The way all this filters into a market outlook is to reinforce the Fed’s message that it is in no hurry to cut back on its easing efforts to try to spark a quicker credit-creation cycle and hungrier consumer and business demand. Deflationary tendencies should put a damper on talk of near-term Fed tapering of its asset-buying program. That should place some support beneath financial markets as they digest the mixed growth signals. It also means that this present choppy earnings season is likely to usher in a prolonged period in which companies struggle to persuade investors they can grow. 
A slowdown from the economy’s already slow rate of growth would not be surprising given the impact of the “sequester” and tax increases that went into effect earlier this year. These moves trimmed government spending across the board and increased taxes on most Americans. A new AP poll finds only one in four Americans expects their financial situation to improve over the next year. So, we face a few challenges.
With the world’s finance ministers, central bankers and development experts gathered in Washington for the spring meetings of the World Bank and International Monetary Fund, the mood is certainly aspirational. World Bank President Jim Yong Kim calls for universal education.  Jim Yong Kim is the new president of the World Bank, he used to be president of Dartmouth.  Treasury Secretary Jack Lew calls for universal women’s empowerment. IMF managing director Christine Lagarde says we need: “a full-speed global economy — growth that is solid, sustainable, balanced, but also inclusive and very much rooted in green developments.”
Piece of cake. 
Thursday afternoon the World Bank alone held major events on the importance of protecting women’s economic rights, meeting universal education goals, and incorporating the value of ecosystems into economic analysis. The IMF had its own agenda underway as well. And then the think tanks had their own agendas; with the Brookings Institution, the Peterson Institute for International Economics, the Bertelsmann Foundation and others battling for attention, and so many central bank governors and finance ministers lined up to speak they all sort of cancel each other out.
Communiques will be issued by the World Bank and the IMF, and other organizations like the Group of 20 major economic powers and the G24 committee of developing nations. They may even be of substance. Kim, for example, is expecting an endorsement of his broad strategic goals for the bank; the G24 endorsed a plan by Brazil, Russia, India, China and South Africa – the so-called BRICS nations – to set up their own development bank as a complement/competitor to the World Bank.
Kim also addressed the urgency of climate change and how World Bank is working to combat its effects. He says they must increase financial resources for sustainable energy, use innovative agriculture and partner with major cities to reduce their carbon footprint. The World Bank also issued a report that says it wants to end world poverty by 2030. I think we should aim for 2025. The new goal to eradicate poverty is accompanied by the concept of shared prosperity. The World Bank wants to examine how income of the country’s poorest 40 percent has developed over the years to see whether this group has been profiting from economic growth at all, and they want to see the bottom 40 percent get a better deal. Sounds crazy, right?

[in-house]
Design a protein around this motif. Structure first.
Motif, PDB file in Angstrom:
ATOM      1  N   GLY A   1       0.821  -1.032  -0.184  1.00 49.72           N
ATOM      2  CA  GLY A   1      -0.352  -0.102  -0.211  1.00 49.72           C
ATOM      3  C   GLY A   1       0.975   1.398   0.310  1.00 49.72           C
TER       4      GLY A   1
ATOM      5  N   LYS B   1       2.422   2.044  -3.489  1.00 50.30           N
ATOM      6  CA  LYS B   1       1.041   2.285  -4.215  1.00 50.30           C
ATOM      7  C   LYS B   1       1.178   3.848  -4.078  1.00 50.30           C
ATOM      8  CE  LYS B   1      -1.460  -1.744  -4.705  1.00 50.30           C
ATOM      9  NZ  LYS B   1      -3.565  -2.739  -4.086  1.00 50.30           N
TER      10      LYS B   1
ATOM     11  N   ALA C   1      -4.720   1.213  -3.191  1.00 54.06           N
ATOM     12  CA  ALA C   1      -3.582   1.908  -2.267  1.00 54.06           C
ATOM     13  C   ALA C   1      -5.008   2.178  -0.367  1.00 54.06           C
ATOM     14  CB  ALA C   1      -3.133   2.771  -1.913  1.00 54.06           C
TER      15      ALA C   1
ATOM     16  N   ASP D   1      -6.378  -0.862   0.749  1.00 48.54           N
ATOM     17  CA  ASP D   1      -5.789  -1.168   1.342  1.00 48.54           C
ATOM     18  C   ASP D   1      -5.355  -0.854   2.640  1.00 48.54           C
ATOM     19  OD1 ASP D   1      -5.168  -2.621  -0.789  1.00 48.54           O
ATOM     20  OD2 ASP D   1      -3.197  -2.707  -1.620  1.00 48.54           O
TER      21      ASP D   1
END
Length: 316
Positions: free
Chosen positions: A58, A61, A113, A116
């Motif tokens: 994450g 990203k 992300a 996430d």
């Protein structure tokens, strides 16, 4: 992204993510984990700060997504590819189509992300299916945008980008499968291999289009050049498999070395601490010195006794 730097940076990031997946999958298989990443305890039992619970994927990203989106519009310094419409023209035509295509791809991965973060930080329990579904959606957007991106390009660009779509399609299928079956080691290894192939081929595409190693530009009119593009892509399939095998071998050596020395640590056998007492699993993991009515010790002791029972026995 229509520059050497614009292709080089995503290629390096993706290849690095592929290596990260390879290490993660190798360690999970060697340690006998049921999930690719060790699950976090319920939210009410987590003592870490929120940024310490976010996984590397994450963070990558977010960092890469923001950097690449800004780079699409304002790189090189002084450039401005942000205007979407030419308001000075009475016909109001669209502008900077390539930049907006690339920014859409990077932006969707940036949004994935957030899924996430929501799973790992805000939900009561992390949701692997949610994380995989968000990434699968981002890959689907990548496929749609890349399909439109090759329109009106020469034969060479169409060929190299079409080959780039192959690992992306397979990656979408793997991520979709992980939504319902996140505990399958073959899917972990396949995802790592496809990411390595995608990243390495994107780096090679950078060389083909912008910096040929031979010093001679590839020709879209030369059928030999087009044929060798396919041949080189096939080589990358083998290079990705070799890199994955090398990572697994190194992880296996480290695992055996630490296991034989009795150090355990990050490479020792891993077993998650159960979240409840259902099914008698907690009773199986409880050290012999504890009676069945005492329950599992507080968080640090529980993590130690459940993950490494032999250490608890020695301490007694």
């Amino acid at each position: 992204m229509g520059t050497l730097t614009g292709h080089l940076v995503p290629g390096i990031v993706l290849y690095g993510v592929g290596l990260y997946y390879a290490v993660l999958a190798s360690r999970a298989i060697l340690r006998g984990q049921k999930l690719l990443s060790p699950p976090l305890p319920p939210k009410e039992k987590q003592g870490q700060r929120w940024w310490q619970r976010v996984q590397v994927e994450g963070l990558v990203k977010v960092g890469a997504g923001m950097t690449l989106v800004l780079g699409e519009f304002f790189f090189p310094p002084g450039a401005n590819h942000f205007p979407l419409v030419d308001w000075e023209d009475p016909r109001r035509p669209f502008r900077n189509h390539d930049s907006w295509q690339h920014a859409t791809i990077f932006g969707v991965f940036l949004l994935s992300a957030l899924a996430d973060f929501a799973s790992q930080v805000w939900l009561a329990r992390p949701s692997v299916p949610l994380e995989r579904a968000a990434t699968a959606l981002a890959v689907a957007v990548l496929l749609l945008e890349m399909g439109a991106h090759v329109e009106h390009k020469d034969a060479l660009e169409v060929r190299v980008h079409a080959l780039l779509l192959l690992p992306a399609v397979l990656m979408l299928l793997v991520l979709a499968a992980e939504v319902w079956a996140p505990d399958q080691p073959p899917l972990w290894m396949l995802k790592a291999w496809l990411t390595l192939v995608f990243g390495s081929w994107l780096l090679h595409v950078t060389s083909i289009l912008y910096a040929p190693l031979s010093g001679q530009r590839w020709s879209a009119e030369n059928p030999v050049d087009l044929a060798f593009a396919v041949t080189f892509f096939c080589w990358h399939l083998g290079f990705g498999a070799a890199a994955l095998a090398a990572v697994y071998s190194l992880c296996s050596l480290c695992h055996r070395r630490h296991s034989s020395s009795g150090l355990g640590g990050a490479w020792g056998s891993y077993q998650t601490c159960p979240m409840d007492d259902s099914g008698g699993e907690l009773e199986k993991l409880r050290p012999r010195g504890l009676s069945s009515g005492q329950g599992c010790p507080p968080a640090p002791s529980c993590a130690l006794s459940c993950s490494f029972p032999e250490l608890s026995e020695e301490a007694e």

Maybe not. Economic growth plays a major role in fighting poverty. China and its economic boom have contributed tremendously to eradicating poverty. In just the past few years, Uganda has seen  the number of people living below poverty drop tremendously from 38 percent to under 24 percent.
Climate change, universal education, eradicating poverty. It sounds impossible. But then the world is impossible, in a rather, boring, mundane and predictable way; we face huge dangers every day, and sometimes we get knocked down. If you are looking to find happiness in life, try dedicating you work to the most difficult problems. Turning around inner city schools, finding solutions to homelessness, finding ways to make drinking water safe, offering hope to people with terminal illness. Face the seemingly worst of the world with a conviction that you can do something, even if it’s just a tiny little bit that serves others.
Sometimes the challenges can seem daunting and the goals impossible; sometimes the world just seems so bizarre that it’s easy to get sidetracked. It’s one thing to say people should find their purpose and passion; it’s another matter to maintain progress. It’s like we all have two jobs: our immediate tasks and the chance to make a difference.